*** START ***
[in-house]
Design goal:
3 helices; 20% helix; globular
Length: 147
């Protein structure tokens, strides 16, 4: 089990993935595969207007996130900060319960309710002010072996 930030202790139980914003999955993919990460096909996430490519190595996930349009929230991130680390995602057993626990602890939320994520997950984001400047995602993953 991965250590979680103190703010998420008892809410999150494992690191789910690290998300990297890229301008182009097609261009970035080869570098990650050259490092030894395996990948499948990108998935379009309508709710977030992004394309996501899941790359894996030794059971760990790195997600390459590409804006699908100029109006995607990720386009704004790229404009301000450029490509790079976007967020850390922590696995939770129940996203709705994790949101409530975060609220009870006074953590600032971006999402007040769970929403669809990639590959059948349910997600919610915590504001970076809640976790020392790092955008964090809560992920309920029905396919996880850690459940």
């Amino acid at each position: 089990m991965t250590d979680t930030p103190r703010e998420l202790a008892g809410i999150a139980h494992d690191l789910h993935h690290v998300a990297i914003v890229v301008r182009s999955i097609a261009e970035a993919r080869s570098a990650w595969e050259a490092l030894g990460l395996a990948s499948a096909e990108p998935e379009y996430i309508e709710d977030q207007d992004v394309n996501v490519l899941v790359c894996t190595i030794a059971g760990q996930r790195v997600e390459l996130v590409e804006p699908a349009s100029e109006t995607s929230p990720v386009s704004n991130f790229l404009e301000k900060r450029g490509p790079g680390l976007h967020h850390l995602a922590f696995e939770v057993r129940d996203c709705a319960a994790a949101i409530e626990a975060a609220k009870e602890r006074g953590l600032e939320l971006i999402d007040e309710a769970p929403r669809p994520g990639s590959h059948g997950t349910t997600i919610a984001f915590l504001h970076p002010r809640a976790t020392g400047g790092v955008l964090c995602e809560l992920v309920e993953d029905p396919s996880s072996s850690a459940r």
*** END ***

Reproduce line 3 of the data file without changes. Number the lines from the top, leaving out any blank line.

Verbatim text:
3 helices; 20% helix; globular